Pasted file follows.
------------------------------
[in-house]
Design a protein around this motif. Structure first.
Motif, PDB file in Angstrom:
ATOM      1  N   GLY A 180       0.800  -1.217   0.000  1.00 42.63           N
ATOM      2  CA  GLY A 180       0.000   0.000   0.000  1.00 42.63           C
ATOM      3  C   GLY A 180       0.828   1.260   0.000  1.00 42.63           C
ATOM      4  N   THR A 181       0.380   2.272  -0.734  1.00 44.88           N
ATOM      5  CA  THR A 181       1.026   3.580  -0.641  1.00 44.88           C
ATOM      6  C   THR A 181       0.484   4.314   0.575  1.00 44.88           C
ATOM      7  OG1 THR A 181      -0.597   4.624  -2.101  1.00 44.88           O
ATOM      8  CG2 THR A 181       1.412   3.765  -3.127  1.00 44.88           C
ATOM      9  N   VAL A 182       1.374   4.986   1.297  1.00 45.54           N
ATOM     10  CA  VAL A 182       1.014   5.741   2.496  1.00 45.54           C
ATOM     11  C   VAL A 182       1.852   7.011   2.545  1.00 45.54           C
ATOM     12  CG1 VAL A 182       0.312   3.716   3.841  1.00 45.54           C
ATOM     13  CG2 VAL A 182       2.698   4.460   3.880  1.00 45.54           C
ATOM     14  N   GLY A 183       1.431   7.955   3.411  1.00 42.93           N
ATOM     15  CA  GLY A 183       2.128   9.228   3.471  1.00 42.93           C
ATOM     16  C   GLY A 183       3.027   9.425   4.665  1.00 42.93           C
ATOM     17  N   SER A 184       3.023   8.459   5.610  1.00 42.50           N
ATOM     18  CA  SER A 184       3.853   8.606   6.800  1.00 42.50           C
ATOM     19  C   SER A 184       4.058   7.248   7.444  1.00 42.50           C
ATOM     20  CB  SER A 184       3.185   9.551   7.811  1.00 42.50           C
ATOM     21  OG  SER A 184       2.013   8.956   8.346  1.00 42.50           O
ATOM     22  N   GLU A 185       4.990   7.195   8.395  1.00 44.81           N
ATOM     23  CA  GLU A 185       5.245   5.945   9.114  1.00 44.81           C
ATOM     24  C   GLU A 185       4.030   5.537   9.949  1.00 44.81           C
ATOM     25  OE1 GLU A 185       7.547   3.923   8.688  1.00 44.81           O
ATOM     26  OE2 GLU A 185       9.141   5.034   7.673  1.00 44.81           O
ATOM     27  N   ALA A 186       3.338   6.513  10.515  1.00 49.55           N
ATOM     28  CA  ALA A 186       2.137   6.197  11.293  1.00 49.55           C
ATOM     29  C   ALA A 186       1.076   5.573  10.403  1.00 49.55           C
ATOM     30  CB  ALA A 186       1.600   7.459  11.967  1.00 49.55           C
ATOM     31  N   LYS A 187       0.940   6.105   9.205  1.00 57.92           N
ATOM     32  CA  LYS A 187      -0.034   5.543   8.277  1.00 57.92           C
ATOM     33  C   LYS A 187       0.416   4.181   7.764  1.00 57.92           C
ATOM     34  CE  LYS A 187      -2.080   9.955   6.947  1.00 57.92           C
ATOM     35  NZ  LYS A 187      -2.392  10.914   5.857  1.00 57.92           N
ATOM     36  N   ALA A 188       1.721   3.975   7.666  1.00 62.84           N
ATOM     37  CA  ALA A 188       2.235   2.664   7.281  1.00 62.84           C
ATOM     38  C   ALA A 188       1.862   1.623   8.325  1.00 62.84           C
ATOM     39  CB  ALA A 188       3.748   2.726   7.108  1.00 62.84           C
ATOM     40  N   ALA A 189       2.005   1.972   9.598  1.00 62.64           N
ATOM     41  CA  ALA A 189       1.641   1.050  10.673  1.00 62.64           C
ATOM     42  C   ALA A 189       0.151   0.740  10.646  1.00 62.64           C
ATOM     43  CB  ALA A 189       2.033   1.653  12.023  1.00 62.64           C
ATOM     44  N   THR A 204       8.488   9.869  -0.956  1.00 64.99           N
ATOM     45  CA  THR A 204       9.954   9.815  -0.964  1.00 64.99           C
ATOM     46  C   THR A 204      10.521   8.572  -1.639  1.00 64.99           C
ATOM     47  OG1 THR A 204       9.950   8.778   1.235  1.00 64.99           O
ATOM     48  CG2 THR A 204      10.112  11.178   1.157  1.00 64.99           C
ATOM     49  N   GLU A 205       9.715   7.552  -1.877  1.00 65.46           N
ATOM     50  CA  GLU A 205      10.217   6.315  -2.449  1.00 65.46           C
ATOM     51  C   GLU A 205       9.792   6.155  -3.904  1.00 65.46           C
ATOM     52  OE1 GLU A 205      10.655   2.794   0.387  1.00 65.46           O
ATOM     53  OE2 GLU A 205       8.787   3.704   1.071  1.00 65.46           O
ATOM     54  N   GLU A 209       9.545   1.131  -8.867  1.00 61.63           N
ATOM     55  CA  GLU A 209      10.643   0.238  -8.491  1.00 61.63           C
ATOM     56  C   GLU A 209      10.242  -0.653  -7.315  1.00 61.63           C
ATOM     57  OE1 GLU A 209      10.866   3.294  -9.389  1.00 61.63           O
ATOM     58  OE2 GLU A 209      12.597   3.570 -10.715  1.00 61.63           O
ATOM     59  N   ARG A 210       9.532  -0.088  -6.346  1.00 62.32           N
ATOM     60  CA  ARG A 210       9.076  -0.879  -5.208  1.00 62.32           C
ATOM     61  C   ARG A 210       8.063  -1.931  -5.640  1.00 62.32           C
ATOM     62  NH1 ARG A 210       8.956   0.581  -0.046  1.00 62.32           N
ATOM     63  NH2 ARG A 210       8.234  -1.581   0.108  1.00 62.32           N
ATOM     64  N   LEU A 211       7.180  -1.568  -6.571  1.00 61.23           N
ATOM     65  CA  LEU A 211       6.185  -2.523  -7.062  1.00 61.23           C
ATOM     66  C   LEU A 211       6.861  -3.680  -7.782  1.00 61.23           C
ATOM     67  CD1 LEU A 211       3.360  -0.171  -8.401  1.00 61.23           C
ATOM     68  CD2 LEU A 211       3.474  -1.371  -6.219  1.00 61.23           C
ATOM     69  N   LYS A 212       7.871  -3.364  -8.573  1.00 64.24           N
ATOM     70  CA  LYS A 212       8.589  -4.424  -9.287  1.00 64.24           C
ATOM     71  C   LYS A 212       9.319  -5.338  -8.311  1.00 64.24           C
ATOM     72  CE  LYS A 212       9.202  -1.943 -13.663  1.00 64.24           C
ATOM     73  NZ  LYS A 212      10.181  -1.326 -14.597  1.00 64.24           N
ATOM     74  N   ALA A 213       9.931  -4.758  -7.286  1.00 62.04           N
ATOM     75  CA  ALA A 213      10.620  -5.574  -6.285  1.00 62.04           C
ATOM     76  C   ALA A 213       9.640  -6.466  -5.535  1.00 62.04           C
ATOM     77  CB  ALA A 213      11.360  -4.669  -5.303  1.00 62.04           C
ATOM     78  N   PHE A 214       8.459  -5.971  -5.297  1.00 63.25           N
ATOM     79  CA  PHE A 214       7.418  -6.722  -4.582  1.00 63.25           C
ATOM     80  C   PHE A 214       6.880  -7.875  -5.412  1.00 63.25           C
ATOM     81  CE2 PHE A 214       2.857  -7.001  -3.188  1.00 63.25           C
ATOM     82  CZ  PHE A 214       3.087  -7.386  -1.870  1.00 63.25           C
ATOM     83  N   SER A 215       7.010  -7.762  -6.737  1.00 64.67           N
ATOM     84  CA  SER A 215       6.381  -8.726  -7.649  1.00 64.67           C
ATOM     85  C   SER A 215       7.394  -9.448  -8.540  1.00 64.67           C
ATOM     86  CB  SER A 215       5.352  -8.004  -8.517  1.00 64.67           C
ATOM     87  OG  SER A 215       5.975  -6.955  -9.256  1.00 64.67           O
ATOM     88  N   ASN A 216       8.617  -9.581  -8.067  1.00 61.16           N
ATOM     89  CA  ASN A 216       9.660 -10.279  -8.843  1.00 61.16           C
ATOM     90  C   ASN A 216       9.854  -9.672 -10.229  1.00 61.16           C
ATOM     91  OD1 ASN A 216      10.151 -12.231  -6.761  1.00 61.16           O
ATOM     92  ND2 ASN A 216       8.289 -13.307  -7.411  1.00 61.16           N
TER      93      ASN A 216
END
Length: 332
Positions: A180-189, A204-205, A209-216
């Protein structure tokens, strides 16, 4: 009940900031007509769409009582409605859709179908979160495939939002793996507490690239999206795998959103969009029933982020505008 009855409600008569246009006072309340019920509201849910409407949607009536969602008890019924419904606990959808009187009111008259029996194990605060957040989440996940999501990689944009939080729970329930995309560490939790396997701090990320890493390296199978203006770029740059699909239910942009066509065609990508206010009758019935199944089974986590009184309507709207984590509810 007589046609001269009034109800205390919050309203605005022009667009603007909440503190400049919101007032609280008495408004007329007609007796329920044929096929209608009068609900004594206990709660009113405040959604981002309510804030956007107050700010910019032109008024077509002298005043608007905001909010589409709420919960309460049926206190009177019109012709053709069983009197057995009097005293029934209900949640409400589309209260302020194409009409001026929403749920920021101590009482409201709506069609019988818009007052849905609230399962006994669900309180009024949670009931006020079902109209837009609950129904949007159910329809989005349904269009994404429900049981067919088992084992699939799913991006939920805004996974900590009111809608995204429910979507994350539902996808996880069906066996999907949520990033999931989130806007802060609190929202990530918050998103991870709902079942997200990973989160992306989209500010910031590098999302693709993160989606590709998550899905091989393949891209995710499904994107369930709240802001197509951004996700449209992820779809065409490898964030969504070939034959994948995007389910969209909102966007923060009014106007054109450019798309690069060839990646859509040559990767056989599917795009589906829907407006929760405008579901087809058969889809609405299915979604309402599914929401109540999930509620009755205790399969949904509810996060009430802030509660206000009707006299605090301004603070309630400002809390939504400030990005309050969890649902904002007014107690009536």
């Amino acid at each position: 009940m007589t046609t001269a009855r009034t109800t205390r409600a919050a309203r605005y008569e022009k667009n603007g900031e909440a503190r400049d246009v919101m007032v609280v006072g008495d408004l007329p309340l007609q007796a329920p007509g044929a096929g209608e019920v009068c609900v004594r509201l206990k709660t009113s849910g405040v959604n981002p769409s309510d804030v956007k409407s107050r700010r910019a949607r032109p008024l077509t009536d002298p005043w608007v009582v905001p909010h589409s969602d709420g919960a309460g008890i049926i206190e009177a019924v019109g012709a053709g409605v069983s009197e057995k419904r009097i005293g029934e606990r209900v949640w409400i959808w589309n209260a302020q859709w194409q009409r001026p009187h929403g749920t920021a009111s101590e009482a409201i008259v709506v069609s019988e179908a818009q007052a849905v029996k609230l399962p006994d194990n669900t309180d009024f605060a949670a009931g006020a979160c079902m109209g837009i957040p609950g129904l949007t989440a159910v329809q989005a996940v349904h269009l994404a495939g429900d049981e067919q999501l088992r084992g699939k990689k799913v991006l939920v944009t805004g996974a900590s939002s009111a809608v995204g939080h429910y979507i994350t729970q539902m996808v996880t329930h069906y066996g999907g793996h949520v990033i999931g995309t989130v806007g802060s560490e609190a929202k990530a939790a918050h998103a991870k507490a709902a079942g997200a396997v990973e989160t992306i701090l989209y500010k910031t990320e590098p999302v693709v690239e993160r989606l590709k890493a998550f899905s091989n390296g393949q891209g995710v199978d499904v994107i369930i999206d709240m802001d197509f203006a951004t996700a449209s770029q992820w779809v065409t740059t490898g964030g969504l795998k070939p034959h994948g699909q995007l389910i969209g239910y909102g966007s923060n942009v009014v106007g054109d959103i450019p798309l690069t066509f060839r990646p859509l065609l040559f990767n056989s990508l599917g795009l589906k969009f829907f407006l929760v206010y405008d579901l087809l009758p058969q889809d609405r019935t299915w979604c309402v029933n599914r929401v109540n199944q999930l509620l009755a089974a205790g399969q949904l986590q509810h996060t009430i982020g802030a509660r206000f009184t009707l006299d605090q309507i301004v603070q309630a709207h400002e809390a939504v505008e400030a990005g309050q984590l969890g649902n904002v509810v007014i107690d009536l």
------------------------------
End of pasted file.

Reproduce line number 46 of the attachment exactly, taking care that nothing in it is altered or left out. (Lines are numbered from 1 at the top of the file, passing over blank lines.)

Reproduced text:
ATOM     43  CB  ALA A 189       2.033   1.653  12.023  1.00 62.64           C